photo credits @ UCI
The last day of competition at the UCI World Cycling Centre velodrome, saw a third world record broken, in the Men’s 1 kilometer time trial. Meanwhile, cycling’s latest addition to the Olympic programme, the Madison, provided some of the most exciting competition of the UCI Junior Track Cycling World Championships in Aigle, Switzerland.
After silver in the individual sprint yesterday, Australian Thomas Cornish went one better on the final day of racing.
In the qualifying of the 1km time trial on Sunday morning, Cornish broke the Junior world record which has been held for the last two years by Canadian Stefan Ritter.
“It (the world record) has been at the back of my mind but I didn’t really think it was possible,” he said afterwards. “I was feeling really good but didn’t realise how fast I was going until I crossed the line. It still hasn’t really sunk in!”
Boosted by his new unofficial world record of 1:00.498, Cornish lined up last of the eight riders in the final in the quest for the world title.
“That was the hardest really. Everyone was congratulating me for my world record but I hadn’t won the title yet,” he said. For the final, he had to beat the time of 1:01.830, set by Czech Jakub Stastny to take the victory. And he did. With a time of 1.00.979, he added the world title to his world record.
Third-placed Australian Anton Hohne joined Cornish and Stastny on the podium.
The Madison will make its first-ever appearance at the Olympic Games in Tokyo 2020, and the Men’s and Women’s Madison competitions in Aigle whetted the appetites of the public and athletes alike. The bunch racing delighted the crowds with its spectacular format whereby teams of two take turns riding full gas before arm-slinging their partner into the competition and moving up the track to ride at recovery pace.
In the Women’s Madison, 13 teams set off directly for the final of 20 kilometer (100 laps), with riders trying to earn points during the sprints every 10 laps.
The French team of Victoire Berteau and Marie le Net have been riding together for two years and know each other inside out. It showed. The pair worked together perfectly and was too strong for the rest of the field, finishing with 70 points, after winning eight of the 10 sprints and gaining a lap on the bunch.
“I don’t know how we did it,” exclaimed le Net, bronze-medallist in the same event last year. “We had such good legs, and even when we were easily ahead and our coach (who we really want to thank) told us to calm down, we just kept going.”
Her partner added: “I looked up at the table now and then to check what was happening. It’s unbelievable.”
Russia finished comfortably in second place, while the battle for third was fierce until the end: Australia and Italy were tied on 34 points before the last sprint. A blistering last lap saw Australia pip Italy on the line, to gain an extra four points to Italy’s two and take the bronze medal.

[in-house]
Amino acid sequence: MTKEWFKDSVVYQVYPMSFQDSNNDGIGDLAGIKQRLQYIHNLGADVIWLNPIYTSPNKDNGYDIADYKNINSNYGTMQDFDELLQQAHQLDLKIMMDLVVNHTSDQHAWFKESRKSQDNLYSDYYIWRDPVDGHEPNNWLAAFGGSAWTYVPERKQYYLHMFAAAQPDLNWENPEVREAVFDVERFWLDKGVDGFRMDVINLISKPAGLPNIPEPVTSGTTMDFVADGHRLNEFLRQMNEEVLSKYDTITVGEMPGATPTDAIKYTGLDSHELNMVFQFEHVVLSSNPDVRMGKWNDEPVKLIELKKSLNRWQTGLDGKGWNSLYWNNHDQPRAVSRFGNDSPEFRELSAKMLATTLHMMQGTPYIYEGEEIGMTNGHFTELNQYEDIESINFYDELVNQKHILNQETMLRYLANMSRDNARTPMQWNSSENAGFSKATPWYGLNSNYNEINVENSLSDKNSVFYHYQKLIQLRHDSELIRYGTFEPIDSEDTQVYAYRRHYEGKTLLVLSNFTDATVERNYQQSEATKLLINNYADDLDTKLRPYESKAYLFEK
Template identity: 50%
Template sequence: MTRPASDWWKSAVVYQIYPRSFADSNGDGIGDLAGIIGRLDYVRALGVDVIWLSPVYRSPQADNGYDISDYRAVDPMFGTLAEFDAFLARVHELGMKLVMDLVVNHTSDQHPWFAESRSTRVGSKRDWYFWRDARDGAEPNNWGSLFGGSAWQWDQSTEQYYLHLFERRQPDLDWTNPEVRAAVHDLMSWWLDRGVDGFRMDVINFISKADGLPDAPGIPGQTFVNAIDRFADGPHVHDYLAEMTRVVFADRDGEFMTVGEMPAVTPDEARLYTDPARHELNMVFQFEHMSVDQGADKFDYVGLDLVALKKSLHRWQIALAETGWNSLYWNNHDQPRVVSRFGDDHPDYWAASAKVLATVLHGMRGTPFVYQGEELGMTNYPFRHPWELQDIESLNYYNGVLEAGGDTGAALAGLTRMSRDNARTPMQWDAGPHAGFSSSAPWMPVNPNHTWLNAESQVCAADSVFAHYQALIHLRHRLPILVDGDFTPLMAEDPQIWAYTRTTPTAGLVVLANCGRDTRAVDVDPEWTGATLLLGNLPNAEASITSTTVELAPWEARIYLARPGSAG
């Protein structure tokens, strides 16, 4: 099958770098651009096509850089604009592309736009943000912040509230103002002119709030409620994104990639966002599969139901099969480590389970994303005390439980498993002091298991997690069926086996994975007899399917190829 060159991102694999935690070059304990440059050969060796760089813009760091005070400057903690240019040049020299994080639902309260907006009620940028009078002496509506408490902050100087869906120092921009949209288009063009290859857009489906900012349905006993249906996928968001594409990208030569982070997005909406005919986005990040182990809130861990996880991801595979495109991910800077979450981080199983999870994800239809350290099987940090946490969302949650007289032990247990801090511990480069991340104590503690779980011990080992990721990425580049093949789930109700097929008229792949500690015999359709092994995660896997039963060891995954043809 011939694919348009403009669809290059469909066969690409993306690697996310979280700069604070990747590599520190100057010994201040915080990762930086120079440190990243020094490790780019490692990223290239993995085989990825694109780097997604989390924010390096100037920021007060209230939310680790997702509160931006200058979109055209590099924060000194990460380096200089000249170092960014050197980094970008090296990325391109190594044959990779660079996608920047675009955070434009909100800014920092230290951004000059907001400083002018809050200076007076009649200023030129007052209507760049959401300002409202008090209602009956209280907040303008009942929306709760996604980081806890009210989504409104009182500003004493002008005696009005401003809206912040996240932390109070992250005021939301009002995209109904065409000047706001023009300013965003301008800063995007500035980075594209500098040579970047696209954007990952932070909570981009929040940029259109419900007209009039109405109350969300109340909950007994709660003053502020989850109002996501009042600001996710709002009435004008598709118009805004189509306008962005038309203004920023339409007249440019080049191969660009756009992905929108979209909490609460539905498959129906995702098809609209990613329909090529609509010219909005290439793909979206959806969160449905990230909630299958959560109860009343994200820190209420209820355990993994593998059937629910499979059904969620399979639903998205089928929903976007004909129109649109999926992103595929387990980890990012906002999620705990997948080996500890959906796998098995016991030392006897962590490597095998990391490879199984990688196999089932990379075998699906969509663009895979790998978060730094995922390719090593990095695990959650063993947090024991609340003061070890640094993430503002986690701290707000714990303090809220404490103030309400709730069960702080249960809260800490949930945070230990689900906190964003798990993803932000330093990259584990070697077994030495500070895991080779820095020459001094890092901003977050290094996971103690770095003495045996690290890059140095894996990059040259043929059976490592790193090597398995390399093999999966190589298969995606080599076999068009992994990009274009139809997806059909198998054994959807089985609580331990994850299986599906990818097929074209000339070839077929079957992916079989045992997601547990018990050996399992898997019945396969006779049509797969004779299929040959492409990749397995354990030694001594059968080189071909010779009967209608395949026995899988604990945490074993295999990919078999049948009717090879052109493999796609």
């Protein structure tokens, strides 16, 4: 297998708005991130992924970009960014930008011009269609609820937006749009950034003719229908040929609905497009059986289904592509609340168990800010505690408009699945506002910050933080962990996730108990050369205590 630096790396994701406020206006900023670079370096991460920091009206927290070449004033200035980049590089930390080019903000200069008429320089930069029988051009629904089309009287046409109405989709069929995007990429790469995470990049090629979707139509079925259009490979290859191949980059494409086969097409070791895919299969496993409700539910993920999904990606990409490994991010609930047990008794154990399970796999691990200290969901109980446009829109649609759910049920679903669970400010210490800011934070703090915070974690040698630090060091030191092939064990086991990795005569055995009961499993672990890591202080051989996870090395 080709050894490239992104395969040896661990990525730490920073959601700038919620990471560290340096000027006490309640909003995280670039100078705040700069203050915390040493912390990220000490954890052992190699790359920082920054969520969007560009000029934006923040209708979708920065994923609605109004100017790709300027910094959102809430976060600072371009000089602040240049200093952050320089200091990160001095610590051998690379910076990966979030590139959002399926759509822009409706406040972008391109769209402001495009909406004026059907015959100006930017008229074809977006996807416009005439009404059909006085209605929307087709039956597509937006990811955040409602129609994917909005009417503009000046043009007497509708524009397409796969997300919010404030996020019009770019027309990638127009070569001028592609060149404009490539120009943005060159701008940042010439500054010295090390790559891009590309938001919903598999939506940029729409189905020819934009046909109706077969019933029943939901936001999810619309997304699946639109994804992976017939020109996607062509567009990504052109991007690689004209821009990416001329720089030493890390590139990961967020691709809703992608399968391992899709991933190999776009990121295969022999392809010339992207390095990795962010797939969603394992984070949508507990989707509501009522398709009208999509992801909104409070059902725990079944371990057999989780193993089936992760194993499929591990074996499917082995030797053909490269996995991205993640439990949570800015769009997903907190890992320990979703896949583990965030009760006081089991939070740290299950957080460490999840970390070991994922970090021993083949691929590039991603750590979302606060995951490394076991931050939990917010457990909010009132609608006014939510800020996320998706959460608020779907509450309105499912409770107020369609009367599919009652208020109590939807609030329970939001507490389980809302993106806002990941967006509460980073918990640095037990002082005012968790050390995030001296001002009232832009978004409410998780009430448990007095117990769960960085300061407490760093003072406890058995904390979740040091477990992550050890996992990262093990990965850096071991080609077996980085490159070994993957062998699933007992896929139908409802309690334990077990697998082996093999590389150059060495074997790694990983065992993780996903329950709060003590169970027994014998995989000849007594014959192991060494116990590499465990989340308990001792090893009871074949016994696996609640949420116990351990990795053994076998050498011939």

For the Men’s Madison, the riders competed in qualifying rounds in the morning, with the first seven teams of each heat going through to the 28 kilometer (140-lap) final.
The Australian pair Blake Quick and Lucas Plapp looked strong throughout, earning points in 12 of the 14 sprints, and finishing with 47 points and the victory. Despite training together, it was the first time that Quick and Plapp had raced a Madison as a team: “We didn’t know what to expect really,” said Plapp, also gold medallist in the points race. “Our plan was to take a lap early and wear them down, but everyone was so strong. It came down to sprints.”
His partner, bronze medallist in the Omnium on Saturday added: “It was tough, but we were optimistic. You expect tough competition at a UCI World Championships so it’s awesome to win.”
The Russian duo of Lev Gonov and Gleb Syritsa repeated their silver medal performance of last year, while Denmark held off a strong finish from Germany to take bronze.
A medal a day. Well almost. Germany’s Lea Sophie Friedrich won her fourth medal in the five days of competition: this time in the keirin. Already UCI World Champion in the team sprint, individual sprint and 500m time trial she sailed through the first two rounds of the keirin competition before riding a perfect tactical race in the final, staying behind the leading rider until launching her final sprint.
“Just incredible,” were the only words she had to describe her five days at the UCI World Cycling Centre. The quadruple UCI World Champion admits to feeling very tired and looking forward to two weeks holiday with no cycling involved.
The two other athletes on the keirin podium were Poland’s Nikola Sibiak (second) and Russia’s Iana Tyshenko (third).
Germany finished the five days of competition at the head of the medals table with four gold and three bronze, followed by Italy (four gold) and Australia (three gold, two silver and four bronze).
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